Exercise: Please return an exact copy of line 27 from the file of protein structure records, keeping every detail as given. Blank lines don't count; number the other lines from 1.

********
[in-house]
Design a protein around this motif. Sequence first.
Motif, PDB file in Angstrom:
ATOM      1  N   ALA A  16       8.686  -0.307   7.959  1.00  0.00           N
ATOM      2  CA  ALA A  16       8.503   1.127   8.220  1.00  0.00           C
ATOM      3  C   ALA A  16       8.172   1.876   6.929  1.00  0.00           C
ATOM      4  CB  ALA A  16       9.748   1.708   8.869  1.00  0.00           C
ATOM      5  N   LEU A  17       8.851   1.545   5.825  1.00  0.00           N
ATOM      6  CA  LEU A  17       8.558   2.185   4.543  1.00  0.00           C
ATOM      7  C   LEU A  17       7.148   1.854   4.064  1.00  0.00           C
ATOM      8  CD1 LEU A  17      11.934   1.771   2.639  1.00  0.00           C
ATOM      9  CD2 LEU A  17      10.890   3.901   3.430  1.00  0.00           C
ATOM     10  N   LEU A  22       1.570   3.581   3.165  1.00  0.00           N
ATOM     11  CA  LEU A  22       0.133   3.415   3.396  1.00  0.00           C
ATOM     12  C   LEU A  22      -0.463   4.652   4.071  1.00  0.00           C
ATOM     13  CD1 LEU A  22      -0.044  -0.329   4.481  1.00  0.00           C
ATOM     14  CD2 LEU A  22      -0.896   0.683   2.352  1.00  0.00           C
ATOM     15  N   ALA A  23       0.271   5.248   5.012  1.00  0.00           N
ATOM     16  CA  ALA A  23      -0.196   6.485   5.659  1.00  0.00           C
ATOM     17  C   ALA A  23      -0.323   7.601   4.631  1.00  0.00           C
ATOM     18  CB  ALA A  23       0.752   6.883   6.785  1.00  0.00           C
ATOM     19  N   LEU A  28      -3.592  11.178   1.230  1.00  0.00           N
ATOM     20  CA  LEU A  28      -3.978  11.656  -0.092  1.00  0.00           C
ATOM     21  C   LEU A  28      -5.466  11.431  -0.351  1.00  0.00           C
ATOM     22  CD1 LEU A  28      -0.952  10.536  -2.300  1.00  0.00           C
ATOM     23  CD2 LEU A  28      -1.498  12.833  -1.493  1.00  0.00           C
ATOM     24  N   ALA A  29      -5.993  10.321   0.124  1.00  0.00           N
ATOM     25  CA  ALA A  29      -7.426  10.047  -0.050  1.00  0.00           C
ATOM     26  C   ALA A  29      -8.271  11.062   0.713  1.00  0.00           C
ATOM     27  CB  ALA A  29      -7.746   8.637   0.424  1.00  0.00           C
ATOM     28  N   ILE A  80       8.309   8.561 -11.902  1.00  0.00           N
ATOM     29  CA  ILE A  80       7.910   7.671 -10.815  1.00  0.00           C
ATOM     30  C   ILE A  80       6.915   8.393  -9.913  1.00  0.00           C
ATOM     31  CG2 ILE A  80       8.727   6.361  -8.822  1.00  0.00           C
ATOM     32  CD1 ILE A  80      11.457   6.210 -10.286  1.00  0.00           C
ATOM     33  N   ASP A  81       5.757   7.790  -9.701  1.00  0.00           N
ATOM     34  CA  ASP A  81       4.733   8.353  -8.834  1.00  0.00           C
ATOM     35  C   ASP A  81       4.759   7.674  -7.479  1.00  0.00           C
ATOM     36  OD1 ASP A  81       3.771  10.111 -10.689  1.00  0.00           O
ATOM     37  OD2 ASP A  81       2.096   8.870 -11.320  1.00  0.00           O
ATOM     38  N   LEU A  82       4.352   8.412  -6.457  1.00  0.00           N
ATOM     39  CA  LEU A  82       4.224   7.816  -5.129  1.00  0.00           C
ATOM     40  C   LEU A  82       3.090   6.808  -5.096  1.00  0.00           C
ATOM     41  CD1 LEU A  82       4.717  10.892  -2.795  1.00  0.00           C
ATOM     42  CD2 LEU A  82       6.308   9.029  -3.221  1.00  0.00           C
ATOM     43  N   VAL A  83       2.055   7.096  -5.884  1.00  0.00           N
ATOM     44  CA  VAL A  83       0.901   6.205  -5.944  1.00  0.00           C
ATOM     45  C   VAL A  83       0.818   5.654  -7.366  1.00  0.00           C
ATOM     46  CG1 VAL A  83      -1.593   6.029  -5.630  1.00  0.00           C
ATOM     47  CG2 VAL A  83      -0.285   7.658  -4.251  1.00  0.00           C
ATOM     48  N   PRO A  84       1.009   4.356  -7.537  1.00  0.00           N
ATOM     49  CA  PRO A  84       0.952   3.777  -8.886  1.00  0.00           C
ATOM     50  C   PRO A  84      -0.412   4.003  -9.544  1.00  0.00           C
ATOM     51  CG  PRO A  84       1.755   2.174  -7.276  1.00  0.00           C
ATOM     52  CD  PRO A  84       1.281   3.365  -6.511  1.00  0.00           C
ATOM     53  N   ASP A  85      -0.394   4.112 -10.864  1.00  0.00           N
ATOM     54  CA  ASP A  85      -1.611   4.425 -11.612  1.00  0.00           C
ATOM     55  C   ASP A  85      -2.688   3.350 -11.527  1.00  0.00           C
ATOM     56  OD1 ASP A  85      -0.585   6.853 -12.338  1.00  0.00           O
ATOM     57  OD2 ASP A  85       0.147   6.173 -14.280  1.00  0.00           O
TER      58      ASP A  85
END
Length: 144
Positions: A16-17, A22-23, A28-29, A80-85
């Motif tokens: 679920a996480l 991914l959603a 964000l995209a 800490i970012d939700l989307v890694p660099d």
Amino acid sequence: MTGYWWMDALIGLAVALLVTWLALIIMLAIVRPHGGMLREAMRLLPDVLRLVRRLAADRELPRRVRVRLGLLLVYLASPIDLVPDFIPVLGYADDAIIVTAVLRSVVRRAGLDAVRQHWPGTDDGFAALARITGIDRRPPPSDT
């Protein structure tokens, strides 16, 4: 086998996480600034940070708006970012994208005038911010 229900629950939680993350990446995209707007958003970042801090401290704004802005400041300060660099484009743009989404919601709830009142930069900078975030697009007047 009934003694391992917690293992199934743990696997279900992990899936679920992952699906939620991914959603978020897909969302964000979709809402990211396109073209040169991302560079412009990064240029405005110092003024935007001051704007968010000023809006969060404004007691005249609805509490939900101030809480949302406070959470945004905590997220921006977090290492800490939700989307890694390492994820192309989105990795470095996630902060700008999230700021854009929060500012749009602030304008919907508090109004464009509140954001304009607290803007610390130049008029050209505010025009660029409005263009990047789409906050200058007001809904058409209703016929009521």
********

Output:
ATOM     24  N   ALA A  29      -5.993  10.321   0.124  1.00  0.00           N